And diesel #21 might make you wonder about the miners confidence in their equipment :D

    Attached Files:

  14. jon-monon

    jon-monon Active Member

    Joined:
    Aug 15, 2002
    Messages:
    4,763
    Likes Received:
    0
    Back on the surface is a view of what I presume to be a view of the beautiful, mountainous province of Benguet, R.P. Pronounced Bing-it.

    Attached Files:

  15. jon-monon

    jon-monon Active Member

    Joined:
    Aug 15, 2002
    Messages:
    4,763
    Likes Received:
    0
    Coincidence? Or Fate?

    Well, I have a Tyson Mine on my layout. While googling for info on Benguet Mine, I found they own a Tayan Mine and it just so happens to be located in the provence I will visit in October.
  16. Wyomingite

    Wyomingite Member

    Joined:
    Mar 17, 2002
    Messages:
    595
    Likes Received:
    0
    Hi Jon,
    Well by golly you bring back some very pleasant and unpleasant times in an old miners life. I spent twenty five years as a hard rock miner in a Pennsylvania iron ore mine. We operated GE locos but a lot bigger then the ones your showing. I don't remember the model numbers anymore but we did have two types. One the smaller one operated in the production drifts using three twenty ton cars. The other we called the mainliner which hauled six twenty ton cars loaded from the production drifts sidings to the bottom dump out at the production shaft.

    The mine your showing is going into the side of a mountain like many of our coal mines in the south. Our mine was a vertical shaft four thousand and eight hundred feet deep. The first level was at the eighteen hundred foot level and we laid one hundred pound rail for three miles on each of the five levels. All of which was laid by hand and strong backs. We drilled twelve foot rounds with three drilling machines mounted on a flatcar. We mucked up the rounds with a mucker like your showing but again a lot bigger. Can you imagine the noise one of those things make. They were fed with a four inch air line. In those days the only ear protection was rolled up cotton and at least once a month you needed your ears cleaned as when you took the cotton out some always stayed in. You get a pea sized ball out of your ear every time.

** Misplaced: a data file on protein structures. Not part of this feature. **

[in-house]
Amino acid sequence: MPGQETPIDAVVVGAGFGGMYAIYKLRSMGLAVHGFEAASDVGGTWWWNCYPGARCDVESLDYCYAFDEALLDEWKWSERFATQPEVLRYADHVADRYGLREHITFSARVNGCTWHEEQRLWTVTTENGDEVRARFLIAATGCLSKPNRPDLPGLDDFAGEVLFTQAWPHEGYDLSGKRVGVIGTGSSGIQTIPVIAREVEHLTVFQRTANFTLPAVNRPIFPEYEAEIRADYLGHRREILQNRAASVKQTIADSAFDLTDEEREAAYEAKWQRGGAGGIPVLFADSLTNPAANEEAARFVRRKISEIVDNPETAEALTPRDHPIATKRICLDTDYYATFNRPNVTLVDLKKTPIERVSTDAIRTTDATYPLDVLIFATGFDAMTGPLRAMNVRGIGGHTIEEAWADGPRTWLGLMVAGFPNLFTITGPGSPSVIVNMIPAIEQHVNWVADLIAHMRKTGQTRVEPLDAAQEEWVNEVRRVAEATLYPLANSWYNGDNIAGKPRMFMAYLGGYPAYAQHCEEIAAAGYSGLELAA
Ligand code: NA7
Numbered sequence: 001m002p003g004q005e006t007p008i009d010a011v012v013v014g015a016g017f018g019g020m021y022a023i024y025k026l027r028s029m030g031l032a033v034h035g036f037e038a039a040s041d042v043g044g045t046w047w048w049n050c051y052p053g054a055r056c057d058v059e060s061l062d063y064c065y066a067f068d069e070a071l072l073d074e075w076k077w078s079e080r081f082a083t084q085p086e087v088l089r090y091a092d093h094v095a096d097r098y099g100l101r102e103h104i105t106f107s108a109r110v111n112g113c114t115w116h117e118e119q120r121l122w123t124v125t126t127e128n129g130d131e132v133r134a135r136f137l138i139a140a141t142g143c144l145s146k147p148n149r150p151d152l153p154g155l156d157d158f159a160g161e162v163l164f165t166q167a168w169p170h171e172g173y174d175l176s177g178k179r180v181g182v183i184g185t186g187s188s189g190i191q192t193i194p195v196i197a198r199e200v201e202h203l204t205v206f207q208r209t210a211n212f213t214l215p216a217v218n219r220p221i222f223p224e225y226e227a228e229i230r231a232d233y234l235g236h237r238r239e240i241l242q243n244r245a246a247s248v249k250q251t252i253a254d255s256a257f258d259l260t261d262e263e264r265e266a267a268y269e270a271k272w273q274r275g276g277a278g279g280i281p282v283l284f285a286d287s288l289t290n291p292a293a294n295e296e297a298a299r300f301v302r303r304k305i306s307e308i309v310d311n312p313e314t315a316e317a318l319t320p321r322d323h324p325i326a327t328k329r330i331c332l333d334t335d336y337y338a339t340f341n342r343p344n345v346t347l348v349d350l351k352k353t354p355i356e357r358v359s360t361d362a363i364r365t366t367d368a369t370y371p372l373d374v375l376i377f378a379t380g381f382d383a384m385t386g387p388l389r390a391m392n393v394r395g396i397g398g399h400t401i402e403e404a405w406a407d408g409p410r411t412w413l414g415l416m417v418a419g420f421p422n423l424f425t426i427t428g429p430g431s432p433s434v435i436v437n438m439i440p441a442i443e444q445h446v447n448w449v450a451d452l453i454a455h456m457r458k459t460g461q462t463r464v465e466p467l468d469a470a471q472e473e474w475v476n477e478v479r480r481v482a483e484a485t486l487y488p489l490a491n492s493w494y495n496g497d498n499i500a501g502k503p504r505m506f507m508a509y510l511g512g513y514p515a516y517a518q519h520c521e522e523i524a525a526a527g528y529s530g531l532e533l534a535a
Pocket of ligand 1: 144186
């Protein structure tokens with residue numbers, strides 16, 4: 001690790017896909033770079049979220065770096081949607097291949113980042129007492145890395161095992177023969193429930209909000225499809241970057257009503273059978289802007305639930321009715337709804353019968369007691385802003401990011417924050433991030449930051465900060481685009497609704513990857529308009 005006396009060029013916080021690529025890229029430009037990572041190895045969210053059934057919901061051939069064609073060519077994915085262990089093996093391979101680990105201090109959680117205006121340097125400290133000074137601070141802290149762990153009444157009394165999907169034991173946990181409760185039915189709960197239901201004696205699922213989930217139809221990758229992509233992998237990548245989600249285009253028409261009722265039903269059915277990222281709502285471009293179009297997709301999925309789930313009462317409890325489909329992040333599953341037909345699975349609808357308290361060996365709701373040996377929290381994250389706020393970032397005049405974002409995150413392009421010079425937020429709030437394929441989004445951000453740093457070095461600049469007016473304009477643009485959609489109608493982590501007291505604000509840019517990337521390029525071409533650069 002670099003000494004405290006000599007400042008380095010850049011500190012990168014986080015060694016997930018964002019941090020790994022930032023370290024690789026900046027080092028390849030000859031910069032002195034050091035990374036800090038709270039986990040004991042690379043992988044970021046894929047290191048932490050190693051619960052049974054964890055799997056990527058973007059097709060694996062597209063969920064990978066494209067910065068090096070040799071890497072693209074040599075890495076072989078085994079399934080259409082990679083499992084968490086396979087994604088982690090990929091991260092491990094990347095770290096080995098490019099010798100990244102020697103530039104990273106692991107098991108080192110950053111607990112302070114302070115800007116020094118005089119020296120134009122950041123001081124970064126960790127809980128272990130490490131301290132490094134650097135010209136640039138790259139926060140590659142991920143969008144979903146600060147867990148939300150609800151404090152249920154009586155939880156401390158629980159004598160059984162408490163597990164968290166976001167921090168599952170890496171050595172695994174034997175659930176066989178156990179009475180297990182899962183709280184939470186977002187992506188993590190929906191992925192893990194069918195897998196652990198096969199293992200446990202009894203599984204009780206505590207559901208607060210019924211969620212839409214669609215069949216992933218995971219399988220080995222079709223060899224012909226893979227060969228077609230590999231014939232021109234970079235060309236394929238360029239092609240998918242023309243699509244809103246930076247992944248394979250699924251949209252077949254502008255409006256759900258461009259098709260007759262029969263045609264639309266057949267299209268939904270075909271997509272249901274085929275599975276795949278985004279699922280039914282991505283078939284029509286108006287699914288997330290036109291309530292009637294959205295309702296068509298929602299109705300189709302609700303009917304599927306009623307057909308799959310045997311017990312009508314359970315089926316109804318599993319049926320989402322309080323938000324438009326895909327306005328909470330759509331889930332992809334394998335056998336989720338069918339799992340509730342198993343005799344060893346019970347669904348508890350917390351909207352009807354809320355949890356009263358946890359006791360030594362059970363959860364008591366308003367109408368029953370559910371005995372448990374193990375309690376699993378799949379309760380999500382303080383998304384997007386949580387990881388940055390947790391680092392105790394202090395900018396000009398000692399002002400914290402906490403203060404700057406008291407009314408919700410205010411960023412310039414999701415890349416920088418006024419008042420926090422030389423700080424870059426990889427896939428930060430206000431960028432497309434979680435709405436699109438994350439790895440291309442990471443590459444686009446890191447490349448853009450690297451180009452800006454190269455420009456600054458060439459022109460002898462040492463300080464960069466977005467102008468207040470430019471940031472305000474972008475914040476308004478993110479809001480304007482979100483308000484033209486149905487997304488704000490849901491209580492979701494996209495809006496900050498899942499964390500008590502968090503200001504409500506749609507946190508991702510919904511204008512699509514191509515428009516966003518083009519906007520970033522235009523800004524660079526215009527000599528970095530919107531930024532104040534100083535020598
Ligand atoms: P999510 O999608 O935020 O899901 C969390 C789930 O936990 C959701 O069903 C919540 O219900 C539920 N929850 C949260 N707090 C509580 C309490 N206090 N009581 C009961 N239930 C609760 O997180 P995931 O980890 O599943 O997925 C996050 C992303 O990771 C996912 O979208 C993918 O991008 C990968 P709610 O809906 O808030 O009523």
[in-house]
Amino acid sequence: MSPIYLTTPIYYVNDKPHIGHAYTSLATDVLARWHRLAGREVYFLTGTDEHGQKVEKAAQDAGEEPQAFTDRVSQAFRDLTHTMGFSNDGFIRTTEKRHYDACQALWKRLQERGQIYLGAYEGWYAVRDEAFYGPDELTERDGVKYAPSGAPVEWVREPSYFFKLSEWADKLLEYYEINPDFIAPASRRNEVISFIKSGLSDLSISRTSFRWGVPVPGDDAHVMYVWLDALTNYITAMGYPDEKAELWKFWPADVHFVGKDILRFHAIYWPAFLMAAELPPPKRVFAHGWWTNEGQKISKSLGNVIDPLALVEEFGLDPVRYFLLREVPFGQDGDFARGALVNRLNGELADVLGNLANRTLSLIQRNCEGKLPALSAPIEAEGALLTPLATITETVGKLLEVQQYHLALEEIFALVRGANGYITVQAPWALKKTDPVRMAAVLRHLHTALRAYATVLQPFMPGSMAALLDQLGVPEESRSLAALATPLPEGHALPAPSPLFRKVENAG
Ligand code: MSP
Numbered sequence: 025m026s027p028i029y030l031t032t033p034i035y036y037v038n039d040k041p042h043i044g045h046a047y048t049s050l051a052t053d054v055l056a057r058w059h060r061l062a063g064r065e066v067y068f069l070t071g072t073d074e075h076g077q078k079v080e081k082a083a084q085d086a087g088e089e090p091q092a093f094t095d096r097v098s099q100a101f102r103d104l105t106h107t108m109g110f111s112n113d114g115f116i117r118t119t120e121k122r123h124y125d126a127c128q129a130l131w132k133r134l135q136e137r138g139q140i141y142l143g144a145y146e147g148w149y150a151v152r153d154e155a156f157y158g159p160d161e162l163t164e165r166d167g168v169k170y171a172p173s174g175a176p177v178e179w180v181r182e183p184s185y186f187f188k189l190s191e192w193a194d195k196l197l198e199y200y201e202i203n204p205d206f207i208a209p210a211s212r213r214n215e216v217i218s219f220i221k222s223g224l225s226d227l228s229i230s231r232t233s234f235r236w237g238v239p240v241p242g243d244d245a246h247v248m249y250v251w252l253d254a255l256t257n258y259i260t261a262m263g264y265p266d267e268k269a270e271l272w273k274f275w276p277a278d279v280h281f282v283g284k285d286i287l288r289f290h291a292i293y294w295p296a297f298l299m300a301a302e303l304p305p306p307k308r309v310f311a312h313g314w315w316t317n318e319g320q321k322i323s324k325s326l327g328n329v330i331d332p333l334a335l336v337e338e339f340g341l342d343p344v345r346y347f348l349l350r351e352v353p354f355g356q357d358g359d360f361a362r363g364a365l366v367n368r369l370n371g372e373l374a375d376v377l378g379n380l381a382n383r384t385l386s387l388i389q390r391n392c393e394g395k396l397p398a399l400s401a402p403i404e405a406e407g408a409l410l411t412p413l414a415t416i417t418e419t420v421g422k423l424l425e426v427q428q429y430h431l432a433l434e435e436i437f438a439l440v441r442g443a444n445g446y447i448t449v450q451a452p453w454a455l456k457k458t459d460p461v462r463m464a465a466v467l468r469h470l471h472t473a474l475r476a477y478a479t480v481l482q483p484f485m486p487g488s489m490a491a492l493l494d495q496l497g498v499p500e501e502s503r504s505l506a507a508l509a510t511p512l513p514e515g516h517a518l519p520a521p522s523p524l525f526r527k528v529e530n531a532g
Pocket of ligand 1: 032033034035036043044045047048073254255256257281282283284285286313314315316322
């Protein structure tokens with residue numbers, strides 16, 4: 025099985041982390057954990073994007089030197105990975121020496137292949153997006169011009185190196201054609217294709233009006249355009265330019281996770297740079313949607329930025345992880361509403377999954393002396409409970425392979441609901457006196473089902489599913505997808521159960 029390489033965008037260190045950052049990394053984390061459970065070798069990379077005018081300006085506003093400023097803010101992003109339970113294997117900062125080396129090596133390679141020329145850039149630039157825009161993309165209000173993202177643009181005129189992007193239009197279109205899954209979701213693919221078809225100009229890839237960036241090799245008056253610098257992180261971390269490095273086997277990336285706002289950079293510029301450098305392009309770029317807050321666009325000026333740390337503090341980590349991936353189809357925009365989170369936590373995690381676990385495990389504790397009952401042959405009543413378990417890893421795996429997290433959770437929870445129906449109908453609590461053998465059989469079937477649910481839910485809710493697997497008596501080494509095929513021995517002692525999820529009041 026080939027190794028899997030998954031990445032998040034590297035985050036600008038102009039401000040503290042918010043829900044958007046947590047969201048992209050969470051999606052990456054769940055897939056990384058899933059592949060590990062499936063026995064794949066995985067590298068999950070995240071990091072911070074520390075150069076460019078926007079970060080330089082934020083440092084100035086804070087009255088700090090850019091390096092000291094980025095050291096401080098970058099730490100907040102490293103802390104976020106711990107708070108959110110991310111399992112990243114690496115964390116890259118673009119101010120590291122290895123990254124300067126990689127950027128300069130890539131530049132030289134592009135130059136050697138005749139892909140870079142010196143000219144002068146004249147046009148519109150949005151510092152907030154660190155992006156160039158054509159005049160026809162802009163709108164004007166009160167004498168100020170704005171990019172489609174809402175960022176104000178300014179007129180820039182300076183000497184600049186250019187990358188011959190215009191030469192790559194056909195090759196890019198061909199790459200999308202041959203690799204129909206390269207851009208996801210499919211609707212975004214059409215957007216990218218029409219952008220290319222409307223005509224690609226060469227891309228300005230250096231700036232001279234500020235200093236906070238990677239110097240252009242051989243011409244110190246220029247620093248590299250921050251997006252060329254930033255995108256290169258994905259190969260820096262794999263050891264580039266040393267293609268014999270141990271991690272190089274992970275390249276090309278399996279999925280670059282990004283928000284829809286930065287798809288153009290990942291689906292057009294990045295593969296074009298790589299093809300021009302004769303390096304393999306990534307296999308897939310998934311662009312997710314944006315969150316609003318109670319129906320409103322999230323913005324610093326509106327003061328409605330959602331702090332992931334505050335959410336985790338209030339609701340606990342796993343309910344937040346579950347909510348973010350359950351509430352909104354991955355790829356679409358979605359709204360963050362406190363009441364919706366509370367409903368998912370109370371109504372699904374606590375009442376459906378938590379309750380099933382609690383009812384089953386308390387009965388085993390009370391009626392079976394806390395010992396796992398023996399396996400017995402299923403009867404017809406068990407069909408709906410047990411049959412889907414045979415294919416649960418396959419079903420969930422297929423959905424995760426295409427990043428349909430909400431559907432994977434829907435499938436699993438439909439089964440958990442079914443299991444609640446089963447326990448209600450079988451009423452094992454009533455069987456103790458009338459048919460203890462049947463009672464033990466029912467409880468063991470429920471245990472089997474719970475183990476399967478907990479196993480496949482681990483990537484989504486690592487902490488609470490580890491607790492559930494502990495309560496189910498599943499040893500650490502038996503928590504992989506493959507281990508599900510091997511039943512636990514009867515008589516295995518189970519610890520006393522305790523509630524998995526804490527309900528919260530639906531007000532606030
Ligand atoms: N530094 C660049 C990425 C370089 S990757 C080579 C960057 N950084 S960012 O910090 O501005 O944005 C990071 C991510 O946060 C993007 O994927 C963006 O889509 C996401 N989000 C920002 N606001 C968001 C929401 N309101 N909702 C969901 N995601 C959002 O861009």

As far as operating the locos it was very basic. The smaller lever was direction control. The larger lever was pushed down and moving it forward increased the speed to as fast as you wanted to go. To brake you pushed the lever down and pulled it backward which reversed the wheels. A miners tools were basic which included a pipe wrench which also served as a hammer. Scalen bar which was used to trim the roof. Timber ax for setting timbers and each crew had a power driven chain saw. Timbers in those days were knot free oak twelve x twelve and ten x ten and all timber was set by hand. You heard the song big bad John? Well we had a lot of big bad Johns and they sure knew what they were doing. As far as the toilet I never seen one underground until I moved out here in 1978 to work in an underground uranium mine. We just did the best we could sending it out with the rock loads. In 1963 the iron ore mine changed over to diesel power which was quite an improvement but thats another story. I went on long enough.

    Ron
  17. Fred_M

    Fred_M Guest

    Ron, I for one never get tired of reading such stories, I love them. Thanks for sharing, write more when you can. FRED
  18. jon-monon

    jon-monon Active Member

    Joined:
    Aug 15, 2002
    Messages:
    4,763
    Likes Received:
    0
    Amen! TY Ron! :thumb: :thumb: :thumb: :thumb: :thumb: :thumb: :thumb: :thumb: :thumb: :thumb:
  19. sumpter250

    sumpter250 multiscale modelbuilder

    Joined:
    Jan 19, 2002
    Messages:
    3,217
    Likes Received:
    0
    If you want to do one of these in On30, try the PDT from NWSL, the one designed for the Athearn Hustler, along with a hustler frame.
    Pete